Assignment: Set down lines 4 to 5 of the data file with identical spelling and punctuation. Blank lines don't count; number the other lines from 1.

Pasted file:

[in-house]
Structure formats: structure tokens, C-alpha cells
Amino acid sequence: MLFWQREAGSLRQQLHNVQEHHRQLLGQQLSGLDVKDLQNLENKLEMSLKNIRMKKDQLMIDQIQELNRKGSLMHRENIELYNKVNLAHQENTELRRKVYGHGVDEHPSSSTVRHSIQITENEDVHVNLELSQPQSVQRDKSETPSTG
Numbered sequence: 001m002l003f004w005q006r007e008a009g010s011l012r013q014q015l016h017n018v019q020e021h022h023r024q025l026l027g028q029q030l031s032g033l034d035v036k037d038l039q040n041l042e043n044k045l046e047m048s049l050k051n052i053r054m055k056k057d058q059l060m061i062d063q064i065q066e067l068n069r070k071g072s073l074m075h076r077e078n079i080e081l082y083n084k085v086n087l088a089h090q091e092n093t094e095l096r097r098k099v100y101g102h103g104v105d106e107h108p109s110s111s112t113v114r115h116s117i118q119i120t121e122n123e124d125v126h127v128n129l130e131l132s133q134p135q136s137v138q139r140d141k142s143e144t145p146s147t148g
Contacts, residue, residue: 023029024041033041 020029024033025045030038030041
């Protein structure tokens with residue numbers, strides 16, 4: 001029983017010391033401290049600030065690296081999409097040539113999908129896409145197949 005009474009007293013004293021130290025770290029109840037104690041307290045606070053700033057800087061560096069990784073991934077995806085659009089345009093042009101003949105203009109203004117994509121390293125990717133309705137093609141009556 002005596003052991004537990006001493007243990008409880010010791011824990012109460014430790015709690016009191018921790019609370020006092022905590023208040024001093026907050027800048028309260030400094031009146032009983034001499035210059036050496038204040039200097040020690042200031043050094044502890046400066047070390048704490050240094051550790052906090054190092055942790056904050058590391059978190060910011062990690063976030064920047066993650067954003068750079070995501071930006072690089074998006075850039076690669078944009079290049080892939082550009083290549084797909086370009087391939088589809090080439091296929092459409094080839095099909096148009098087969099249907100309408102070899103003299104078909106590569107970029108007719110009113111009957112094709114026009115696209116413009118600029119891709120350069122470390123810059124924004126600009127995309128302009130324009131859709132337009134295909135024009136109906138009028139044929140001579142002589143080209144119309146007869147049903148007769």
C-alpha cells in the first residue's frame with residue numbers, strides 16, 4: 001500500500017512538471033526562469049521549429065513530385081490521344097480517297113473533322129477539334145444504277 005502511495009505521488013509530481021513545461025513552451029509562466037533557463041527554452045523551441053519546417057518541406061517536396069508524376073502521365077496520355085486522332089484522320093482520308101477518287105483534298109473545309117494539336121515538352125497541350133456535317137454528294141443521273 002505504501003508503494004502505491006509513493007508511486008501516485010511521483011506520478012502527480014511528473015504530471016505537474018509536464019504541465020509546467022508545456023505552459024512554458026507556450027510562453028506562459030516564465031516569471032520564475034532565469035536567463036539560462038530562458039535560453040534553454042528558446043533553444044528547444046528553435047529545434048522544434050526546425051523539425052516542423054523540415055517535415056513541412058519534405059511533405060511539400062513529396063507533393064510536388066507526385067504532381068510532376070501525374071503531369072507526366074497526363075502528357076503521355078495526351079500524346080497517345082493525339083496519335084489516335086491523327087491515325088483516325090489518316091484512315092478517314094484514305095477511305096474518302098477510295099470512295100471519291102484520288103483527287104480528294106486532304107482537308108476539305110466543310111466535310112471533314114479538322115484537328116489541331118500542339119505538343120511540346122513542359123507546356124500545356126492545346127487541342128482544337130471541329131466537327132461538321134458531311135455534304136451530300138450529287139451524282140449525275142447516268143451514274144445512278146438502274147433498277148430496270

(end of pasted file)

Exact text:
Numbered sequence: 001m002l003f004w005q006r007e008a009g010s011l012r013q014q015l016h017n018v019q020e021h022h023r024q025l026l027g028q029q030l031s032g033l034d035v036k037d038l039q040n041l042e043n044k045l046e047m048s049l050k051n052i053r054m055k056k057d058q059l060m061i062d063q064i065q066e067l068n069r070k071g072s073l074m075h076r077e078n079i080e081l082y083n084k085v086n087l088a089h090q091e092n093t094e095l096r097r098k099v100y101g102h103g104v105d106e107h108p109s110s111s112t113v114r115h116s117i118q119i120t121e122n123e124d125v126h127v128n129l130e131l132s133q134p135q136s137v138q139r140d141k142s143e144t145p146s147t148g
Contacts, residue, residue: 023029024041033041 020029024033025045030038030041